onchange="updateCanvas();" style="width: 60px">
<option style="background-color:#5f9ea0" value="#5f9ea0" selected="selected"/>     
<option style="background-color:#d2691e" value="#d2691e"/>     
<option style="background-color:#ffd700" value="#ffd700"/>     
<option style="background-color:#7fff00" value="#7fff00"/>     
<option style="background-color:#006400" value="#006400"/>     
<option style="background-color:#a52a2a" value="#a52a2a"/>     
<option style="background-color:#ff1493" value="#ff1493"/>     
</select>
</div>
<div>
<canvas id='canvas1' width='700' height='700' >
Canvas is not supported by this browser.</canvas>
</div>
<script type="text/javascript">
 updateCanvas();
</script>

The JavaScript code for the updateCanvas() function is shown below. The code starts by getting all the selector controls using document.getElementById() using a string argument being the id of the HTML element. It then needs to get the selected index and use that to index the options attached to the control. We then get the text part of the selected option and for the first three selectors, convert the text to a floating point number using the Number() method. For the fourth selector, we get the value rather than the text - reason being the options don't have any text as we just want the background colour displayed. Note the format of the value text is the standard colour format #rrggbb which is the same format used in HTML and for setting canvas values like fillstyle.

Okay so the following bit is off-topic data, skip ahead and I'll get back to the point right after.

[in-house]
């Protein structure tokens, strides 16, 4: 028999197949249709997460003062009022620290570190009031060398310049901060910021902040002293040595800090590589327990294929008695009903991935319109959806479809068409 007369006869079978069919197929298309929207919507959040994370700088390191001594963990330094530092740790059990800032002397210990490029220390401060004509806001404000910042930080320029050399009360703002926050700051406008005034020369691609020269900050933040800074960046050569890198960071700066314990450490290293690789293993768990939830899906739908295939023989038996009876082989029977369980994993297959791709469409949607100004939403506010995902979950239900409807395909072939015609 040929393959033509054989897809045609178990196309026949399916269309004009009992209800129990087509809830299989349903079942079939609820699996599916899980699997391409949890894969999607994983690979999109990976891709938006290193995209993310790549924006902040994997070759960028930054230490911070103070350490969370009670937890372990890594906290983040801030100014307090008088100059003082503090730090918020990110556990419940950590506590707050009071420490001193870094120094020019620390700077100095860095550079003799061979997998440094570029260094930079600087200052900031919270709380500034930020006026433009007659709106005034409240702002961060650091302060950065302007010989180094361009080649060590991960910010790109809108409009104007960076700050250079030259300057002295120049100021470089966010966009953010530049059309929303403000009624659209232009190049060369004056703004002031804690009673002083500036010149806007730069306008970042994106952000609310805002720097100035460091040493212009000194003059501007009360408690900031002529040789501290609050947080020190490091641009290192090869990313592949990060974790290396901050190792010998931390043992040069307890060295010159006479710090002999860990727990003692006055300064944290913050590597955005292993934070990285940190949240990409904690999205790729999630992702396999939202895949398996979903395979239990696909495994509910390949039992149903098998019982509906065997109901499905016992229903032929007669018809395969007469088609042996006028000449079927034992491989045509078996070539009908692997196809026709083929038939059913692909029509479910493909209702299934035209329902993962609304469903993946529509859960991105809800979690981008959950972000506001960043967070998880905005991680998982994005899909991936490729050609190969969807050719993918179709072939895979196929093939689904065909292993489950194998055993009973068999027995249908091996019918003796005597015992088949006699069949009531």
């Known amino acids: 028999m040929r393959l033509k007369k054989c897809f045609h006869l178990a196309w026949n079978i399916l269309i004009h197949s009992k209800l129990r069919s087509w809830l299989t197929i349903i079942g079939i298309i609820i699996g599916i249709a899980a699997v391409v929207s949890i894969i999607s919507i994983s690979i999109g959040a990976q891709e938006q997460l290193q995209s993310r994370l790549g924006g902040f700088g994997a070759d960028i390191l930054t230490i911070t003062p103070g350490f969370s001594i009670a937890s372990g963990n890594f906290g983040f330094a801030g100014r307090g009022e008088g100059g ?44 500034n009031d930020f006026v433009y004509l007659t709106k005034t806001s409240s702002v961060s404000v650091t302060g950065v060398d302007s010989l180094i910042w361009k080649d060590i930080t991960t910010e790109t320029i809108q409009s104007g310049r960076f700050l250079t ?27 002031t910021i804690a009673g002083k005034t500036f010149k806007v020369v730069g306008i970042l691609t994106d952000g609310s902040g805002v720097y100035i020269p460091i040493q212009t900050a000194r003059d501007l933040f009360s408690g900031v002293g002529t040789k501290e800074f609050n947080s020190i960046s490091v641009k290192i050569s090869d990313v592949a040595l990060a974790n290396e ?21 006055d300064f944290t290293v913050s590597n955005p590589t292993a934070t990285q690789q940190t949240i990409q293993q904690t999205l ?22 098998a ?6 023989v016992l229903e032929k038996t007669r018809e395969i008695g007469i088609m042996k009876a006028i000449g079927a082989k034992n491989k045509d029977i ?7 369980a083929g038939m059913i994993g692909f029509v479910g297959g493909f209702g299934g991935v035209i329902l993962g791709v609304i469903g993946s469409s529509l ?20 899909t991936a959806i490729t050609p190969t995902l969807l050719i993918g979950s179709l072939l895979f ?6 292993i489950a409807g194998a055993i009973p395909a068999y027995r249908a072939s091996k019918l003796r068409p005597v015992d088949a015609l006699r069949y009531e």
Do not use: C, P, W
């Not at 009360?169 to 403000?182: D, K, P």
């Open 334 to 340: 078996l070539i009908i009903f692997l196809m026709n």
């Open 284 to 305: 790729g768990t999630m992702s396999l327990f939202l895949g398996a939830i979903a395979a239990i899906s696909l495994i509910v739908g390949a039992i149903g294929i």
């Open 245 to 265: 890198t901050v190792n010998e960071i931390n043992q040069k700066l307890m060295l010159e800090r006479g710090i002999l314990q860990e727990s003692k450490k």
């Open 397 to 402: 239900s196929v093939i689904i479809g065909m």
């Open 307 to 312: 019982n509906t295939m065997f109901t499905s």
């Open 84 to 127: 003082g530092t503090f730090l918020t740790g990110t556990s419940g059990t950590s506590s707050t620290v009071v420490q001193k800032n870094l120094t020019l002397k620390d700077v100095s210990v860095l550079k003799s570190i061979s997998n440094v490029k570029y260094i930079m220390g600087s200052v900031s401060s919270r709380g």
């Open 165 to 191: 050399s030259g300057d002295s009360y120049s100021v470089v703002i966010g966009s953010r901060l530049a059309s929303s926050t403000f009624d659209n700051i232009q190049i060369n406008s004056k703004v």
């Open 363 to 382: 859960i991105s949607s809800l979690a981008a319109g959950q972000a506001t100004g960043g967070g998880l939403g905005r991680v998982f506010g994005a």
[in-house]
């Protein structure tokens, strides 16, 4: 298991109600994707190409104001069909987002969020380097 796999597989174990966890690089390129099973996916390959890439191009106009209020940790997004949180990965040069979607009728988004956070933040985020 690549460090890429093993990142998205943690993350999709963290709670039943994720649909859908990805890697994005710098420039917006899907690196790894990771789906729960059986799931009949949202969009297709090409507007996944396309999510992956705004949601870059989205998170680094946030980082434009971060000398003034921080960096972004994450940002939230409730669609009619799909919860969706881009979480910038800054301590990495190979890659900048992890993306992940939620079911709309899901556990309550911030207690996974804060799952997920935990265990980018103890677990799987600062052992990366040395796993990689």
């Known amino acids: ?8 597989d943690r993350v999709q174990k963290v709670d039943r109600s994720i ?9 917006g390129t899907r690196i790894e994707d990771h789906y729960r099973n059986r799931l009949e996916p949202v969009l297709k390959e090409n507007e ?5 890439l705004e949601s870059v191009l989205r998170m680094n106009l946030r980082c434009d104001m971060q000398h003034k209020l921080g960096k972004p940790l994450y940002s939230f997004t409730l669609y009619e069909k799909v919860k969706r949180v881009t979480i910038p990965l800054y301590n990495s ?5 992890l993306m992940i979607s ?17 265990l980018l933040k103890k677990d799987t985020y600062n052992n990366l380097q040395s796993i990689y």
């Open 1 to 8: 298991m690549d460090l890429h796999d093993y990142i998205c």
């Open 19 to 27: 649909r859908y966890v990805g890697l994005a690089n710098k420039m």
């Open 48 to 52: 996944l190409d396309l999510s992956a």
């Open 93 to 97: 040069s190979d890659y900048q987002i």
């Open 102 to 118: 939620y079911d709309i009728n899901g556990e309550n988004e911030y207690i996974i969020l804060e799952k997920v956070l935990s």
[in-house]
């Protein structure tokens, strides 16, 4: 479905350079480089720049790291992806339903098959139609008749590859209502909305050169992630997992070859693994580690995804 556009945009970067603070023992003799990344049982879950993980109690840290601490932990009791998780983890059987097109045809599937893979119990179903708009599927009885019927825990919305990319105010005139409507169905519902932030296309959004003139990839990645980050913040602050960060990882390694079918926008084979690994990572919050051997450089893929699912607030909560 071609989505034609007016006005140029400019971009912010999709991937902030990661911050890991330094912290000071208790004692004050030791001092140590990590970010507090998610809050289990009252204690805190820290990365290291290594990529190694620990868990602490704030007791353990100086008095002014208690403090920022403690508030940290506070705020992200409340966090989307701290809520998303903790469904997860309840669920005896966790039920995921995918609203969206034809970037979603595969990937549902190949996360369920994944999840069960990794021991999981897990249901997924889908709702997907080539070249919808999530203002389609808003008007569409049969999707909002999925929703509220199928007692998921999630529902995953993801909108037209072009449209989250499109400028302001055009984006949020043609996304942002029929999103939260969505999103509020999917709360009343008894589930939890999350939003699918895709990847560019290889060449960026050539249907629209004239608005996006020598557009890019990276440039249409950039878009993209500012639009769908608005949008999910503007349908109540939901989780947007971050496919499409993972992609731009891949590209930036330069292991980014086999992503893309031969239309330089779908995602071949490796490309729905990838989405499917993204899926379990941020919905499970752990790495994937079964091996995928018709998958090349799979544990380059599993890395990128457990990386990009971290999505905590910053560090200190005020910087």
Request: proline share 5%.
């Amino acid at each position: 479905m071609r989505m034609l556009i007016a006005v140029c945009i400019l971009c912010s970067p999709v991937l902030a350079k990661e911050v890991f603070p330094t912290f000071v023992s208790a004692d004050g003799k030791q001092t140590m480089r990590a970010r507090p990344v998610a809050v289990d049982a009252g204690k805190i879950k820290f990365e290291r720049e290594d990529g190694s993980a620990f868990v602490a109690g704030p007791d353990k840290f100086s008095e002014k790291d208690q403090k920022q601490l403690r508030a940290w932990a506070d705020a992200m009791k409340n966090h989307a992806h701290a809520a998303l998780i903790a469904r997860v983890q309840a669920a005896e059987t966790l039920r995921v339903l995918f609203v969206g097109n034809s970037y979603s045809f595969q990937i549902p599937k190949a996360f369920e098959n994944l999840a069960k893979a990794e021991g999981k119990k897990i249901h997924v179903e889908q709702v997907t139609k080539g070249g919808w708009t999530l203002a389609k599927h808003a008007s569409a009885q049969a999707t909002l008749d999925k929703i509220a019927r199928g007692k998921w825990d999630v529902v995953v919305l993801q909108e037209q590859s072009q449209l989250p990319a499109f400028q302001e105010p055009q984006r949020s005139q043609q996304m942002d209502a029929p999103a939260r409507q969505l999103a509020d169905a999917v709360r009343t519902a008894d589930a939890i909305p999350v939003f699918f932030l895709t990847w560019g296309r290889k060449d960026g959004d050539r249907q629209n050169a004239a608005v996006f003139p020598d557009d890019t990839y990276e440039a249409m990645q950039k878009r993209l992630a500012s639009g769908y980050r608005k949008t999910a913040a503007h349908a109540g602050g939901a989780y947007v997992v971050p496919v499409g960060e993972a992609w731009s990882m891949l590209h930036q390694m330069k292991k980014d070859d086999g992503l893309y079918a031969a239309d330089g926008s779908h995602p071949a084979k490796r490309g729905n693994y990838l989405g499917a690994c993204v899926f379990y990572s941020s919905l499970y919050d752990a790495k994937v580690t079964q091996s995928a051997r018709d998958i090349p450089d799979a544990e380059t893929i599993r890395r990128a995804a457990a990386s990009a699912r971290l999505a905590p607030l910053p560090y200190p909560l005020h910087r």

function updateCanvas() {
	var c = document.getElementById("canvas1");
	var ctlSpeedRatio = document.getElementById("speedratio");
	var ctlSizeRatio = document.getElementById("sizeratio");
	var ctlSteps = document.getElementById("steps");
	var ctlColour = document.getElementById("color_menu0");
	var speedRatio =